Joint-honours information for 2016 entry

Criminological Classics

Module L3122

Module details for 2016/17.

15 credits

FHEQ Level 4

Module Outline

This module is based on four classic criminological research monographs and aims to provide students with not only an in depth appreication and understanding of these studies and their wider context, but also the skills necessary to critically analyse primary texts. Monographs have been selected which have been particularly influential within the discipline and which would be widely recognised by criminologists as key studies. The books studied will be The Jack Roller (Shaw, 1930), Society of Captives (Sykes, 1958), Hooligan: A History of Respectable Fears (Pearson, 1983) and Criminal Women (Carlen, 1985) (although it should be noted that the specific texts may change in different years). Students will read these monographs in their entirety, and lectures and seminars will also explore the historical and intellectual context of the texts' inception.

Module learning outcomes

Good knowledge of the four chosen monographs and the ability to identify their research methodologies and theoretical approach.

Describe and explain the relevance of the wider historical and intellectual context out of which the texts emerged.

Summarise these texts' significance to, and influence on, criminology as a discipline.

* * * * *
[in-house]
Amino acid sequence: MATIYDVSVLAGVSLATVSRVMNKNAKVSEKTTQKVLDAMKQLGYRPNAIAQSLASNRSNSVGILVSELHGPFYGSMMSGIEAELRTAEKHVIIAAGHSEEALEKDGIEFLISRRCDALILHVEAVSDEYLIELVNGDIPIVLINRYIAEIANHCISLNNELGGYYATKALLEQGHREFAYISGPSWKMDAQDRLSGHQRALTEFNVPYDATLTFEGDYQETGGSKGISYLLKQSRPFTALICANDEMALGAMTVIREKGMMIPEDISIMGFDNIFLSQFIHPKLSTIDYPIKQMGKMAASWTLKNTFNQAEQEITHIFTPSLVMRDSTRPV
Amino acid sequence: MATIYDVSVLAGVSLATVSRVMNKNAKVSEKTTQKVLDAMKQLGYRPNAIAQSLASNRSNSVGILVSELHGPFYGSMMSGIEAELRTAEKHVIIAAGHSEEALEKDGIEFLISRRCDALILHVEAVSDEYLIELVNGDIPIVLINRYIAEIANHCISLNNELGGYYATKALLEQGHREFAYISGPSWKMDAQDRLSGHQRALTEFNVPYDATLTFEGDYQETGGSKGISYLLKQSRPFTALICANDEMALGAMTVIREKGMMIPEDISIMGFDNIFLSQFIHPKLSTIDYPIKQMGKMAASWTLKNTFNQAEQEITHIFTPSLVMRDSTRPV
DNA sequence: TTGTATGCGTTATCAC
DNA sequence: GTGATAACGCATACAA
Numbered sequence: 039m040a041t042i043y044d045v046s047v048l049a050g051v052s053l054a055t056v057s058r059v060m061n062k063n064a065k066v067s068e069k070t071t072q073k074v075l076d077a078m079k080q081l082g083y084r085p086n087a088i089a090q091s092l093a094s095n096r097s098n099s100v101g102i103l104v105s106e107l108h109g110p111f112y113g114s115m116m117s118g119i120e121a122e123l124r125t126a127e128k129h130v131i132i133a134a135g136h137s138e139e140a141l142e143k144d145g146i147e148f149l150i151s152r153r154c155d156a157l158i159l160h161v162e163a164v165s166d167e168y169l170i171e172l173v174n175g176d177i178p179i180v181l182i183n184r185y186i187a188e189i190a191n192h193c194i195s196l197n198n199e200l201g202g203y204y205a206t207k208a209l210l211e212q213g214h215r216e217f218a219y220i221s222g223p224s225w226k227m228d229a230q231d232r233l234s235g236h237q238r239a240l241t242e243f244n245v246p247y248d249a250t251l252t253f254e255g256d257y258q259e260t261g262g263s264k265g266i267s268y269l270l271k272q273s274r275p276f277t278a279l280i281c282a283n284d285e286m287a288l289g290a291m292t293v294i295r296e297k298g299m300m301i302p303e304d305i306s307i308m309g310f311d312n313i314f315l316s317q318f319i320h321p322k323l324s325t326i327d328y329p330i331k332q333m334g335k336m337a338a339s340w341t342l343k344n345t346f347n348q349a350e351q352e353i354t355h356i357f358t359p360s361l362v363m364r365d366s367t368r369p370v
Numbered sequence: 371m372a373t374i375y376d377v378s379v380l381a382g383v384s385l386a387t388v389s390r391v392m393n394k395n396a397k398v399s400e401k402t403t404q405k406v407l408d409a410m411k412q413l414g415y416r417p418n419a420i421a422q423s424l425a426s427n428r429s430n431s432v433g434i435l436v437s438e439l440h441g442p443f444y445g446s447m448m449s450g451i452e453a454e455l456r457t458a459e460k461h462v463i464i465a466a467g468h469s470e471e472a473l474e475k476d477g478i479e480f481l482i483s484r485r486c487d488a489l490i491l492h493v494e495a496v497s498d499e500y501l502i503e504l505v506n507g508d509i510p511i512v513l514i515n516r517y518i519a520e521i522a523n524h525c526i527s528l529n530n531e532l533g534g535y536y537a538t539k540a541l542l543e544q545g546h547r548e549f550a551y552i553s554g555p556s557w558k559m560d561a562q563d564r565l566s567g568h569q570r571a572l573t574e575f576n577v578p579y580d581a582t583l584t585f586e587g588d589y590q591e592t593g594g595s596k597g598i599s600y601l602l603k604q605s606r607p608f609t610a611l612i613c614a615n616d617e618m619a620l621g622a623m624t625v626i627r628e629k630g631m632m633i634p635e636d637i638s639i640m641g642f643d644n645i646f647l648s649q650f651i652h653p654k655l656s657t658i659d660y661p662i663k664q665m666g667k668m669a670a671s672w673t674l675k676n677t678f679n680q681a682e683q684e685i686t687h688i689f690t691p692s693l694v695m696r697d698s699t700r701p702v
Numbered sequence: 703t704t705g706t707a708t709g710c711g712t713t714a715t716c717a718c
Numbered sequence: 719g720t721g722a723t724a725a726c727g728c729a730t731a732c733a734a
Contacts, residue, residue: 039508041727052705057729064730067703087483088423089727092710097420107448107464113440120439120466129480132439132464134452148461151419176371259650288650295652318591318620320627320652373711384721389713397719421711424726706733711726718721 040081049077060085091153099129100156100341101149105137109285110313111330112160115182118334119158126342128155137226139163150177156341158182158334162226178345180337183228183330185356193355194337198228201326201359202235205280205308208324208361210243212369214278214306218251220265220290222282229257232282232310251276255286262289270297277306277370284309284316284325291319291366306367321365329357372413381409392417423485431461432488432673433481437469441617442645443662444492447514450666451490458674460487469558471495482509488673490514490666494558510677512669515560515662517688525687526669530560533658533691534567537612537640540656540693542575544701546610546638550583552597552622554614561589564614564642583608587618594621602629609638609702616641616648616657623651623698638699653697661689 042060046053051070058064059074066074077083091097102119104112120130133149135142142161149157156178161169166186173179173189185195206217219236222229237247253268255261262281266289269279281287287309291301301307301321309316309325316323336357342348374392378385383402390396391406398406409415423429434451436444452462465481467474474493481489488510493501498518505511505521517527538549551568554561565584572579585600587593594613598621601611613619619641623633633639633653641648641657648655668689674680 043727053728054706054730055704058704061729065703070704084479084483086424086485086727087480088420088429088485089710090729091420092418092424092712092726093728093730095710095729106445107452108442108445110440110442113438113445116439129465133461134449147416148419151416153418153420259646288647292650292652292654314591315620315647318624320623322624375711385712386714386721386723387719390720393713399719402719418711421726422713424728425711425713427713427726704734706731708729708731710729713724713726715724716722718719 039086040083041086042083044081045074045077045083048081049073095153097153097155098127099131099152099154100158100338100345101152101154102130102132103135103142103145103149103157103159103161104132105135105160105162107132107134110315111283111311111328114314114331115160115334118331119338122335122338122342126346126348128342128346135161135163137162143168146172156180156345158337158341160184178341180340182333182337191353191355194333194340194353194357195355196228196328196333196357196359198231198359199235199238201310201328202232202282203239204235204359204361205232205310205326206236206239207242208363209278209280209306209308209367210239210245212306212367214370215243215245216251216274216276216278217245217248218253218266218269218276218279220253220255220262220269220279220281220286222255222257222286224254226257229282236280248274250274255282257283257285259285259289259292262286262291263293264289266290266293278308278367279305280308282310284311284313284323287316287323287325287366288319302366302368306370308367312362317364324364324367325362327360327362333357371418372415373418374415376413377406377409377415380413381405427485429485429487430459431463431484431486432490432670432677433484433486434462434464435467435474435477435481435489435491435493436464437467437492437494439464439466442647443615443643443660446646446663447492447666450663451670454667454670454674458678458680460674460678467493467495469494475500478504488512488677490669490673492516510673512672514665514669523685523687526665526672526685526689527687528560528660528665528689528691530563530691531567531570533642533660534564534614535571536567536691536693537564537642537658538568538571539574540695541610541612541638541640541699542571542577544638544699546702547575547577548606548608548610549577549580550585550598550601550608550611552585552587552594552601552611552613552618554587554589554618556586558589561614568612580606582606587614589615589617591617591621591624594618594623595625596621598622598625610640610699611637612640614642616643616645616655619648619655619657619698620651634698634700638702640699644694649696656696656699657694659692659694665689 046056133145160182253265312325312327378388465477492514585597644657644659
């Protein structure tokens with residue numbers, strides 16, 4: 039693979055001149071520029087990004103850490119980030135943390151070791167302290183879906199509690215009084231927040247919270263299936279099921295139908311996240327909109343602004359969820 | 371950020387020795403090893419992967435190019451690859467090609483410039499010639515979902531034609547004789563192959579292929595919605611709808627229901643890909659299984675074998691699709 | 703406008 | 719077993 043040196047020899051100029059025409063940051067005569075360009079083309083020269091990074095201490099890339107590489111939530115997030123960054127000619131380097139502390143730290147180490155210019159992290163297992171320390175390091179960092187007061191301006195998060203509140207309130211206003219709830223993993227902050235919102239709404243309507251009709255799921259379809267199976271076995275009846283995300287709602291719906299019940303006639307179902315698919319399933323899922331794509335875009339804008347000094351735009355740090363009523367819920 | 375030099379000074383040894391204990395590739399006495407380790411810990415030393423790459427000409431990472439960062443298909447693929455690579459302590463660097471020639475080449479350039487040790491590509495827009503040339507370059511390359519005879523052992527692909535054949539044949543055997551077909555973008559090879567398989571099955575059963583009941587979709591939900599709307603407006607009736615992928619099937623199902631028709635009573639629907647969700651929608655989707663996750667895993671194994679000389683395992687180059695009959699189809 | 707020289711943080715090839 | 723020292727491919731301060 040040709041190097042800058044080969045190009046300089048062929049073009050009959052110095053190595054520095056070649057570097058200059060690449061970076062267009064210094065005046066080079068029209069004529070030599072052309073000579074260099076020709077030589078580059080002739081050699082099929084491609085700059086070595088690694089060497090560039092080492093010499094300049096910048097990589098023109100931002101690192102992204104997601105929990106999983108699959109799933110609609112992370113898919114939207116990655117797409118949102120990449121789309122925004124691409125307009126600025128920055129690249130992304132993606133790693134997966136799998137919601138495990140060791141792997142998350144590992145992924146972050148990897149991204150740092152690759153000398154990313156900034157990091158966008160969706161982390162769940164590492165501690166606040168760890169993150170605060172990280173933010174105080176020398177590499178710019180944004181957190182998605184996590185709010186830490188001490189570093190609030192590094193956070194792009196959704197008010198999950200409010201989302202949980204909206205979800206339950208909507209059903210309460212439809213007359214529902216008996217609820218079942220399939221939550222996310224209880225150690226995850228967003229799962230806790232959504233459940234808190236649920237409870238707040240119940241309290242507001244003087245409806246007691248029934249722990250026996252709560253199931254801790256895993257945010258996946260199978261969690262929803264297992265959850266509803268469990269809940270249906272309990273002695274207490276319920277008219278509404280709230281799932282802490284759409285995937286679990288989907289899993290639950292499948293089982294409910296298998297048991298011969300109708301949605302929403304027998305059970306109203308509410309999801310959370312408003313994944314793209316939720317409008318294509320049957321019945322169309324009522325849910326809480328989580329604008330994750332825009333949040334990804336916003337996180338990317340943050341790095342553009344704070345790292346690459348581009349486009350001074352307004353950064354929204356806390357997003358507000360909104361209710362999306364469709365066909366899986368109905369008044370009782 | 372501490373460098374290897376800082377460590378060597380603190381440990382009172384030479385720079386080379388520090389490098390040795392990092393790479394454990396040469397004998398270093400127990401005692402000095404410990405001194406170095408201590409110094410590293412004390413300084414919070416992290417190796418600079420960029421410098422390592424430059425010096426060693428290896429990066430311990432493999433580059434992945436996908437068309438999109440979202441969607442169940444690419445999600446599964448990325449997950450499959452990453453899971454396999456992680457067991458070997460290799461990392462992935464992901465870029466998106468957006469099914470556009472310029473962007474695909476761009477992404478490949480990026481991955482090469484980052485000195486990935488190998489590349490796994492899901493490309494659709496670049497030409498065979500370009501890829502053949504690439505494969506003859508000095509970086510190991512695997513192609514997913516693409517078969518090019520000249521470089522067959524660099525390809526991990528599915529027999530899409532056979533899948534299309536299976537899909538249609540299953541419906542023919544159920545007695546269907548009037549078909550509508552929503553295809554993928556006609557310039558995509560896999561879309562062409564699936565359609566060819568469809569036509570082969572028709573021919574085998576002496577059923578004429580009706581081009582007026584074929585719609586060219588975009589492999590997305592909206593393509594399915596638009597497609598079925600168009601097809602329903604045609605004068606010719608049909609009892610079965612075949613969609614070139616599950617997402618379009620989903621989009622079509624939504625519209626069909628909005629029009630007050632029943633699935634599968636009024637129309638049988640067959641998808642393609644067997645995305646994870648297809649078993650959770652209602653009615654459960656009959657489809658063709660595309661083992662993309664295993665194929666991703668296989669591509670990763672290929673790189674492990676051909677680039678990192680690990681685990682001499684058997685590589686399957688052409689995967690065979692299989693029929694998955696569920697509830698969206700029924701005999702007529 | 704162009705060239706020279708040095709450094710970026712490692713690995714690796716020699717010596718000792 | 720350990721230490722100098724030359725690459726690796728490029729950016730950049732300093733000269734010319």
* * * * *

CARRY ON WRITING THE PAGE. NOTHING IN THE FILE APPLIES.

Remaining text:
Demonstrate the preceding three learning outcomes by participating in a group presentation and producing a portfolio of 500 word summaries of each monograph suitable for use by a first year Criminology undergraduate.

Portfolio (2000 words)Semester 2 Assessment Week 2 Mon 16:0050.00%
Coursework components. Weighted as shown below.
Group PresentationT2 Week 11 (10 minutes)100.00%

Submission deadlines may vary for different types of assignment/groups of students.


Coursework components (if listed) total 100% of the overall coursework weighting value.

TermMethodDurationWeek pattern
Spring SemesterLecture2 hours110100101011
Spring SemesterSeminar1 hour111111111111

How to read the week pattern

The numbers indicate the weeks of the term and how many events take place each week.

Dr James Hardie-Bick

Convenor, Assess convenor

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